Computability and Constructive Mathematics (advanced level 7.5 hp)

Course code and home page

Stockholm University course code: MM8026

Home page (Spring 2014)

Overall motivation and description

This course first addresses the fundamental question: what is computable - in principle - by a computer or a human being? It does so by studying different mathematical models of computers, which are idealized in the sense that there is no limit on time or memory that can be used for a given task. It turns out that many mathematical questions can not be decided even by such ideal computers, or Turing machines. In the course we study the Halting Problem which is one such question, but also undecidable problems from other parts of mathematics (group theory, number theory ...). Computability theory deals with general questions on the relation between computable and non-computable functions, and lays the foundations for further study in complexity theory and other areas of theoretical computer science.

Secondly, the course deals with a general method to ensure computable results in mathematics. The area of constructive mathematics (initiated by L.E.J. Brouwer and Errett Bishop and others during the last century) addresses this issue, by carefully choosing the basic axioms and avoiding the use of non-constructive logical reasoning. The result of this logical discipline (intuitionistic logic) is that existence gets a stronger meaning than in classical mathematics: to claim that a mathematical object exists, we must show that it may (in principle) be constructed by a finite routine. We then connect these intuitionistic systems to computability via so-called recursive realizability, which enables us to extract programs from constructive proofs that compute mathematical objects that are claimed to exists, for instance a converging sequence representing a real number as solution to an equation.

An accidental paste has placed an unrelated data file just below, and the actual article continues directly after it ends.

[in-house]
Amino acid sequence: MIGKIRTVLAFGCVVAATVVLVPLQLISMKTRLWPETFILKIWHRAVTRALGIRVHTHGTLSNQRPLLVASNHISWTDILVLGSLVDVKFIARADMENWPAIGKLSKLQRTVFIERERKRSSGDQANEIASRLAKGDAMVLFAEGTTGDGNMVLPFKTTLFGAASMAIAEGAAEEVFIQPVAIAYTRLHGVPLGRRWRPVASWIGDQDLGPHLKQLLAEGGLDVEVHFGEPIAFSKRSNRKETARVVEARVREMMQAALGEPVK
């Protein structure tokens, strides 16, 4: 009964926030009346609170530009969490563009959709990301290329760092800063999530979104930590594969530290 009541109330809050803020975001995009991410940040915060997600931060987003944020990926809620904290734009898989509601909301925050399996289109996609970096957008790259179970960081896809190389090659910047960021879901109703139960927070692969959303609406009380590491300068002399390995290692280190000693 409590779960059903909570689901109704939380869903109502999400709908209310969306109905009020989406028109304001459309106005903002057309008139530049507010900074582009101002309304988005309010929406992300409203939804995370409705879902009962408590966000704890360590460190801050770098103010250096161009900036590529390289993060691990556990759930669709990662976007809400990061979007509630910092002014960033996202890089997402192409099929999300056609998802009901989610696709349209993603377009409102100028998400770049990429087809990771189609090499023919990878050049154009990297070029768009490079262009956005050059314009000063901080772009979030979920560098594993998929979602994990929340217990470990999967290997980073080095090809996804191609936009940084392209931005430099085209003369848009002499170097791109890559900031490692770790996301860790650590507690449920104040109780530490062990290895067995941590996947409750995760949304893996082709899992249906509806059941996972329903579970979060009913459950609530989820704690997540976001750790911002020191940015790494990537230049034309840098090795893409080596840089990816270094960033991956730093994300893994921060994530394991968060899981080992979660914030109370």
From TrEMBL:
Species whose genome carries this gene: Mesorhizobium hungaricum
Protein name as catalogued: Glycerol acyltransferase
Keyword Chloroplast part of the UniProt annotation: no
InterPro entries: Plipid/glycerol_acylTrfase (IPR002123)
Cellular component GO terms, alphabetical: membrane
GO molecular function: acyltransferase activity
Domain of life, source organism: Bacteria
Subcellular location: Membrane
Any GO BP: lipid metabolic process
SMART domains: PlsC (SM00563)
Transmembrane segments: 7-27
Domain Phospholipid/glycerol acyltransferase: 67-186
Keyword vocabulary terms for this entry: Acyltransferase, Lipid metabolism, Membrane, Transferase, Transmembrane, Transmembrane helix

Aim of the course

After completing the course the student is expected to be able to explain and prove theorems in computability theory, and establish (un)decidability of problems in mathematics. Moreover the student should be able to explain the fundamentals of, and use the theory of constructive proofs and make such proofs in any area of mathematics.

Erik Palmgren, January 10, 2014